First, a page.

All players were giving their best (though they did not necessarily play their best chess) to have a shot at winning the event. Perhaps, the only exception to this was Topalov, but that was his decision. I liked the way most of them played. I thought Anish had a pretty good tournament. His problem was that he didn't manage to finish off some opponents.

But Anish played a number of very interesting games. Vishy Anand’s play was also remarkable: With White he won four games quite convincingly. That is not the kind of thing you expect to happen in such a tournament.

Were you surprised that Sergey Karjakin emerged as the winner of the tournament?

This is the kind of tournament in which Sergey produces his best chess. I wasn’t so surprised though I didn’t see him as a favorite at the start of the tournament.

Sergey Karjakin | Photo: Amruta Mokal

Thank you very much for the interview!

Dhananjay is a Paris based journalist and a chess enthusiast. While he enjoys playing the game, he is more fascinated by the drama and history associated with it.


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vladivaclav vladivaclav 4/15/2016 09:46
If Burgermura could reach 2800 mark at one point why nice guy and great chess talent MVL couldn't too? Go Maxime!
Nostalgiac1972 Nostalgiac1972 4/14/2016 12:54
Sergey is going to make history, toppling down MC in an educative fashion!! ;)
scoobeedo scoobeedo 4/14/2016 08:44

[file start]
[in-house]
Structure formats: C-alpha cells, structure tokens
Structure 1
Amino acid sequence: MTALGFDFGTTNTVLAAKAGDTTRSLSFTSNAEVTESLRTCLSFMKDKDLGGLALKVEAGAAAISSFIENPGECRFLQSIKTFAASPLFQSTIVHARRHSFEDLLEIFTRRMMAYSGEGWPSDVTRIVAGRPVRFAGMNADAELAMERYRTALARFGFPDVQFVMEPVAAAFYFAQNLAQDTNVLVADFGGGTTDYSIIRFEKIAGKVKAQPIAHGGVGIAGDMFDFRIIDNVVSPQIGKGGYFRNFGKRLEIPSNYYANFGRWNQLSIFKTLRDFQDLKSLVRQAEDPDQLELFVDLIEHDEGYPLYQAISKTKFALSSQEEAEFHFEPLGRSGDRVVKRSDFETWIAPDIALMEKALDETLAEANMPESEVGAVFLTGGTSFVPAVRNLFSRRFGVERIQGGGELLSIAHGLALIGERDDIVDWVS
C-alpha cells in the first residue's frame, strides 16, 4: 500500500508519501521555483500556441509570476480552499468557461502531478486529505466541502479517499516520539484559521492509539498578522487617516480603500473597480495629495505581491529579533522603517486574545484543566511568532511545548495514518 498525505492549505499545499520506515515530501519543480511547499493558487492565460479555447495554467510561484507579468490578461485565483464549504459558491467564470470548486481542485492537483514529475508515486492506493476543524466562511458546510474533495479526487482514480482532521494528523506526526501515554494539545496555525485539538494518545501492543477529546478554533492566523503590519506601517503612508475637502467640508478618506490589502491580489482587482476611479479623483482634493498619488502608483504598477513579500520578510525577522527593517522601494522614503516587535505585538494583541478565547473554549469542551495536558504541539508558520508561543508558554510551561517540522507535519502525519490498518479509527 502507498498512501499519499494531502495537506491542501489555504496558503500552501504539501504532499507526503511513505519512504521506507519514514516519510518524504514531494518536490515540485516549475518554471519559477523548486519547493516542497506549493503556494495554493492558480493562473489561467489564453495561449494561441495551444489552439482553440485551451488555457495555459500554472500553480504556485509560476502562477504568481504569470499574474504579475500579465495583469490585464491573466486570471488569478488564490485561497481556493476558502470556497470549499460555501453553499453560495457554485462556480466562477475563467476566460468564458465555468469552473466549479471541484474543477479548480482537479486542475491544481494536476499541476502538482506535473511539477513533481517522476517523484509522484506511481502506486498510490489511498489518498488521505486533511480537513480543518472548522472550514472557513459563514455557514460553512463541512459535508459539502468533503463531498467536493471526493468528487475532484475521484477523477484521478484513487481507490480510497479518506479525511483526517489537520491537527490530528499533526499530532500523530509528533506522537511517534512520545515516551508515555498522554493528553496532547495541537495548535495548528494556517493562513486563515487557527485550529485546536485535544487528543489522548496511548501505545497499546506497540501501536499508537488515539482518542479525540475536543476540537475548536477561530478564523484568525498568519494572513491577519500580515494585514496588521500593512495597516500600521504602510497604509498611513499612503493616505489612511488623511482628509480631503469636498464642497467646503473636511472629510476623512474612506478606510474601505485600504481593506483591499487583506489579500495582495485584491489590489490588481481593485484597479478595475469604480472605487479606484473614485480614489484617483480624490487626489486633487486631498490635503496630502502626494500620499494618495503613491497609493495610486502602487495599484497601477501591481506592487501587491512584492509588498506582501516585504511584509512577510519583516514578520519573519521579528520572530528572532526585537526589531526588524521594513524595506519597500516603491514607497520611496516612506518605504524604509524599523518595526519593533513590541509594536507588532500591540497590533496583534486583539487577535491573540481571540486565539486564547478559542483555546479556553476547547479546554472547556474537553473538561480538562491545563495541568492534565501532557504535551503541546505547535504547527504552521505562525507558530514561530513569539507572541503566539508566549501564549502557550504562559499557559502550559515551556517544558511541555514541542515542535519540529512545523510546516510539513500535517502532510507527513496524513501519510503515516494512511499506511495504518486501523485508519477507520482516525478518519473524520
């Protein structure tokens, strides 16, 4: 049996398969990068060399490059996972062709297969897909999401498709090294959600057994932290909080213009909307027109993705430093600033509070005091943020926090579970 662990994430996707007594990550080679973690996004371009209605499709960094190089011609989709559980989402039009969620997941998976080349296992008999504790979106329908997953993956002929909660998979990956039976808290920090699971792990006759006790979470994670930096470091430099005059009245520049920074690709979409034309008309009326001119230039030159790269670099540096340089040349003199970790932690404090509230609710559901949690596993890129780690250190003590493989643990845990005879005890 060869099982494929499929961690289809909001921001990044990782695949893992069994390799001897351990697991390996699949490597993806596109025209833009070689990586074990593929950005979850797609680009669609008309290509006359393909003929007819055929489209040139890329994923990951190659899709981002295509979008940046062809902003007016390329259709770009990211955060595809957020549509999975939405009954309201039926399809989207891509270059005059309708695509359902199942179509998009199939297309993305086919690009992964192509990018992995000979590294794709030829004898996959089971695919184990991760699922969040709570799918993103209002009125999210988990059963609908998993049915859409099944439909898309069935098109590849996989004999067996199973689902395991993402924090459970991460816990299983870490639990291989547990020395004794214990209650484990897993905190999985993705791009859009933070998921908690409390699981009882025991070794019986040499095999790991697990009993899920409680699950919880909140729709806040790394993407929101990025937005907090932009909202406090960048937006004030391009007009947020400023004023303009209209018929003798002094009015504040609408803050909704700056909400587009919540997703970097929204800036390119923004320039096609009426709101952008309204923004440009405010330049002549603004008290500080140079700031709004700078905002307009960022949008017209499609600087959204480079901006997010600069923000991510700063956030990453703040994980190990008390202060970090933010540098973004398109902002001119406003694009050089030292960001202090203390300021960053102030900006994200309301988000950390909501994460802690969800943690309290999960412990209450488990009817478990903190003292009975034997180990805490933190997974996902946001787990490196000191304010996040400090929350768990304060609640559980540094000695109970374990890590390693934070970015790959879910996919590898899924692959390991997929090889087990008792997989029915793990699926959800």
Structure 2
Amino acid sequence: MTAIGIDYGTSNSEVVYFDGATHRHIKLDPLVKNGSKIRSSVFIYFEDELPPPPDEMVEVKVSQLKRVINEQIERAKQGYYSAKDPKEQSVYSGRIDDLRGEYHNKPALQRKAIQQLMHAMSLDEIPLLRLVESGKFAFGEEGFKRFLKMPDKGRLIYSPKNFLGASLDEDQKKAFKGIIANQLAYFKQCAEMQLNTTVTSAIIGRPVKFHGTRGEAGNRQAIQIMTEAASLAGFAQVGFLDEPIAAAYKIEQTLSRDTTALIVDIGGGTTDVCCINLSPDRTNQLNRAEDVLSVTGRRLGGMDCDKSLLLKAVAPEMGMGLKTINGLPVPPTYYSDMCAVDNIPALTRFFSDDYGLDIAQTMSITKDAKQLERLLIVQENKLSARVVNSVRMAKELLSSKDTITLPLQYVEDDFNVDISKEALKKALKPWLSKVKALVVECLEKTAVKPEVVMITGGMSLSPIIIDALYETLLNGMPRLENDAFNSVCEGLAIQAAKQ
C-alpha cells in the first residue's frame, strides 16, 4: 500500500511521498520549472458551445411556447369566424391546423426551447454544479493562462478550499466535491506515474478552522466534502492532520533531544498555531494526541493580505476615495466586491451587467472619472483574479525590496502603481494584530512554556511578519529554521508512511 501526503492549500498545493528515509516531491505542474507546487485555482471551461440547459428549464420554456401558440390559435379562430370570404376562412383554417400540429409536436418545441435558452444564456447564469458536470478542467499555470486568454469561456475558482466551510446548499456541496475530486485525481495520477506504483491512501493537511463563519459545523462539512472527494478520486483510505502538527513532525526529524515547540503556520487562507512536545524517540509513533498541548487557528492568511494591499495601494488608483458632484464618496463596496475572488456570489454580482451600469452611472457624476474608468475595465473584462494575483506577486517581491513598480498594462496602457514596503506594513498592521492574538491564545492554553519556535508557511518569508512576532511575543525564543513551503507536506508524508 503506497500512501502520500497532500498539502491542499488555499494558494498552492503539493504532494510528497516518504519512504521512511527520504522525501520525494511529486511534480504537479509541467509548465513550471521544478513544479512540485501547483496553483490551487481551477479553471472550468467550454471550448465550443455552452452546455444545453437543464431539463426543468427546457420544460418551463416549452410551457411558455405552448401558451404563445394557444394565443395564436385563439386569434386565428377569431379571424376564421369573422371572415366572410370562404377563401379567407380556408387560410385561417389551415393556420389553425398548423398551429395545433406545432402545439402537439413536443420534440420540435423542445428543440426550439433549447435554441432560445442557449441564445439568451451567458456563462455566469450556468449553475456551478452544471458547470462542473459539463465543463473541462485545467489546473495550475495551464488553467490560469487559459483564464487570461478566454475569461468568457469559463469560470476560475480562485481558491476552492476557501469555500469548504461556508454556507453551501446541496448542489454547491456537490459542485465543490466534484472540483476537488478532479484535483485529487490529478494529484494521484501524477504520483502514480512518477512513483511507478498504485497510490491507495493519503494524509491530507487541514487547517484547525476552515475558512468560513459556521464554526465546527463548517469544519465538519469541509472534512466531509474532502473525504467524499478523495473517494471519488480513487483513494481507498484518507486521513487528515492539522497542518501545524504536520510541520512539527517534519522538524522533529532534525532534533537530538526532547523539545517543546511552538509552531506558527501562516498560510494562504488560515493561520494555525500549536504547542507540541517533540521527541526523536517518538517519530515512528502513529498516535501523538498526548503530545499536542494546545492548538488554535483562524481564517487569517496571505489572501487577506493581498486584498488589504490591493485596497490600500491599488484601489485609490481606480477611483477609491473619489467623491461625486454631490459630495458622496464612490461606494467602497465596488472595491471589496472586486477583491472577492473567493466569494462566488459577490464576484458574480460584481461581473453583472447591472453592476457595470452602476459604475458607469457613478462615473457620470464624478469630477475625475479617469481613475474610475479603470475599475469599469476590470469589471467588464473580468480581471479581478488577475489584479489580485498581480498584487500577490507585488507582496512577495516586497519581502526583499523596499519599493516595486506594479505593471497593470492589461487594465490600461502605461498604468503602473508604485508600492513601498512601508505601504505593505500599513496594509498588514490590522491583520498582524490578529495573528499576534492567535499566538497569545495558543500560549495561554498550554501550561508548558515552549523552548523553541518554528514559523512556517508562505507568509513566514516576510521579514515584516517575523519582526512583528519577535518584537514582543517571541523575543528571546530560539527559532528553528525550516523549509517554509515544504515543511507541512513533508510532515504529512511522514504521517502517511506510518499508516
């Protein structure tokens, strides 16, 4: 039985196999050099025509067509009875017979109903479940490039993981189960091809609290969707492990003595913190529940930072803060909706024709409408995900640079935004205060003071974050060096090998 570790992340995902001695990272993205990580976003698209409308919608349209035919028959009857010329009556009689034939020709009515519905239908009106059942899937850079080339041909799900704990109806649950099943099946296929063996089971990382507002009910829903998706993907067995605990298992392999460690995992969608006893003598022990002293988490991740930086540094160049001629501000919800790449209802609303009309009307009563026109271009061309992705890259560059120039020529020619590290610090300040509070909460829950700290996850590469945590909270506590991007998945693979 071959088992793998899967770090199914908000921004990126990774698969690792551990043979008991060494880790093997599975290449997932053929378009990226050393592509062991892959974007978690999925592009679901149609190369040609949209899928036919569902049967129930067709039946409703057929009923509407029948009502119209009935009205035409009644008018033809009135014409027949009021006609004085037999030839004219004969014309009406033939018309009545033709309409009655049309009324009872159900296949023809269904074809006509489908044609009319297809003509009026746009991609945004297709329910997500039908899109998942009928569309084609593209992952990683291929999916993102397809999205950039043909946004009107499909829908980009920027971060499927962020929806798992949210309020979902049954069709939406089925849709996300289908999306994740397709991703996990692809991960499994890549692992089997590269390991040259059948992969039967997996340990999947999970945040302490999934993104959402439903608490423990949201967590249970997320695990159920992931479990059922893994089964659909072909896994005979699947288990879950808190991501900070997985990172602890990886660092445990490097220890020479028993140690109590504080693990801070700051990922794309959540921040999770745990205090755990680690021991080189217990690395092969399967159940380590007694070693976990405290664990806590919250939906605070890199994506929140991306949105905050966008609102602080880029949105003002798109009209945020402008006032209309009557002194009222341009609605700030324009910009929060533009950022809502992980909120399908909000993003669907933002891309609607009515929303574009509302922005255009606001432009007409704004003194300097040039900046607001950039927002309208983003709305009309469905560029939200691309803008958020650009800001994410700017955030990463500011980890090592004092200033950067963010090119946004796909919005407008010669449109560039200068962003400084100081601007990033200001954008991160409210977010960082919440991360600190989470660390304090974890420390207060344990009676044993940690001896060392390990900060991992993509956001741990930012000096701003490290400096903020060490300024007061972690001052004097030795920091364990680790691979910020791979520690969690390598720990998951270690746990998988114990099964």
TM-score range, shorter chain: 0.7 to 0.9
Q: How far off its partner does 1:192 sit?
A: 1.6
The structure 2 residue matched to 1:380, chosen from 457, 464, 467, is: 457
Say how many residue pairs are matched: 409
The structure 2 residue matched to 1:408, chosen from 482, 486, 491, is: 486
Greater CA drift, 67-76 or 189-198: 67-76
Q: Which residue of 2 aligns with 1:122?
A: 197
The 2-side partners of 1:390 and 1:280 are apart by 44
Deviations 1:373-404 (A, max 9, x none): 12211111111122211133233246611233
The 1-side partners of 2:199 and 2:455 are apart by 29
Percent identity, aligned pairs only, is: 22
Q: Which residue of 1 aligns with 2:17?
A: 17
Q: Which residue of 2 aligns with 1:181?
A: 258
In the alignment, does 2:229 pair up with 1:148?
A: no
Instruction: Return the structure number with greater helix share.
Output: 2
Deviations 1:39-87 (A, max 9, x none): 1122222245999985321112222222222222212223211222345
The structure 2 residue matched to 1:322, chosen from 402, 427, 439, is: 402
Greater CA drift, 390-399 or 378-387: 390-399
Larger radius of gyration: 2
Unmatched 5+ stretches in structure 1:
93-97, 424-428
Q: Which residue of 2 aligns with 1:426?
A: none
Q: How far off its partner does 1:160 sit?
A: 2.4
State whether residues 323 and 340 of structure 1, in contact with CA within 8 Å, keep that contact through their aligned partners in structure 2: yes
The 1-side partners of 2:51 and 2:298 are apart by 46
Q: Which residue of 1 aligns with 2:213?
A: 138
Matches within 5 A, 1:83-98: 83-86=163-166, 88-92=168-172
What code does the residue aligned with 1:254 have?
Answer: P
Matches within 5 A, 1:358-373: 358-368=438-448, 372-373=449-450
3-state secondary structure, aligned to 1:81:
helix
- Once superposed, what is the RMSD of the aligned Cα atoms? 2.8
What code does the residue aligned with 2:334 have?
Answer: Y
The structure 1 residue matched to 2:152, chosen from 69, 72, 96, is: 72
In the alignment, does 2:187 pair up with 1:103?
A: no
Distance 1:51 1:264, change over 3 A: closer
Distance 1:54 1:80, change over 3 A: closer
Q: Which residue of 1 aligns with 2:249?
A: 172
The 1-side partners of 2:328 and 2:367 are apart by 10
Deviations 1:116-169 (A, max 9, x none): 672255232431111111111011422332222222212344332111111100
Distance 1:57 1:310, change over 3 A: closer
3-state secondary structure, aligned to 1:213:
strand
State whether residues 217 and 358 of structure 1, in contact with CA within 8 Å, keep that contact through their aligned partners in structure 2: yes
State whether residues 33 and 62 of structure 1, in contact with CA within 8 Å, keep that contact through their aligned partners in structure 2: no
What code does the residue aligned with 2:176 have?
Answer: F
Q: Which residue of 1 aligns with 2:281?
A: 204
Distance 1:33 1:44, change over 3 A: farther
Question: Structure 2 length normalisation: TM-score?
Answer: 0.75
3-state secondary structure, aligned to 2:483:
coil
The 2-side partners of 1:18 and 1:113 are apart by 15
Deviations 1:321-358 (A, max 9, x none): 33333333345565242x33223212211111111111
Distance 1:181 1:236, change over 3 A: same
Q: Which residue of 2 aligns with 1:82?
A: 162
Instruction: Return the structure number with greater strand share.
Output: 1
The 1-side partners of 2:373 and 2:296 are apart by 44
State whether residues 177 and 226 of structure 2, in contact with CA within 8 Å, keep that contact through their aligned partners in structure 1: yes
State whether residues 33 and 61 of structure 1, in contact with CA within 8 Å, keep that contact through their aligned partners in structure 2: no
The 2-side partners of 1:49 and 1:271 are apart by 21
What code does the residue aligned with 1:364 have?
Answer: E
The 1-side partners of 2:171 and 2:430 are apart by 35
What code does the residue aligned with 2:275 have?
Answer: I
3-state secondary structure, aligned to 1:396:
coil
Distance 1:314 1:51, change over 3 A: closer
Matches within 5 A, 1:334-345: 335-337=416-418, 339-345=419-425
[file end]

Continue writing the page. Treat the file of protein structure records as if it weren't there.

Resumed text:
MVL said some very good words:

"But I am looking for attacking possibilities and I look forward to playing attacking games. I always try to put pressure on my opponents. Sometimes it works, sometimes it doesn’t. But it’s always more fun."

it is always more fun ...

Great advertising for chess at the highest level.

Because he talk about the fun factor.
Alf23 Alf23 4/14/2016 04:55
Go ahead MVL make it to top, sure you can, I like your playing.
Best regards.
thlai80 thlai80 4/14/2016 03:37
@Anonymo, but quite frankly, unlike top players, no one will want to know what and how you feel apart from your family and close friends.
Anonymo Anonymo 4/14/2016 03:26
I myself can produce such an interview. Why need a chess enthusiast to do that? All the how you feel, what you think... Boring. Please focus on playing chess. I mean Mr Shsh, mr kadilkar
yesenadam yesenadam 4/14/2016 01:01
Go MVL! Hmm I really like that openings-as-verbs thing : "when you Najdorf or Grünfeld with black" - is that new? Guess I've seen "He Berlined him" or something hehe.
firestorm firestorm 4/13/2016 08:22
"Steven E DuCharm 4 hours ago
Apparently Sergey will face Magnus in Bilboa "

- thanks for the info, but can't find anything on a brief search, do you have a URL/website reference?
Denix Denix 4/13/2016 07:12
Happy Birthday Garry K!
Steven E DuCharm Steven E DuCharm 4/13/2016 04:21
Apparently Sergey will face Magnus in Bilboa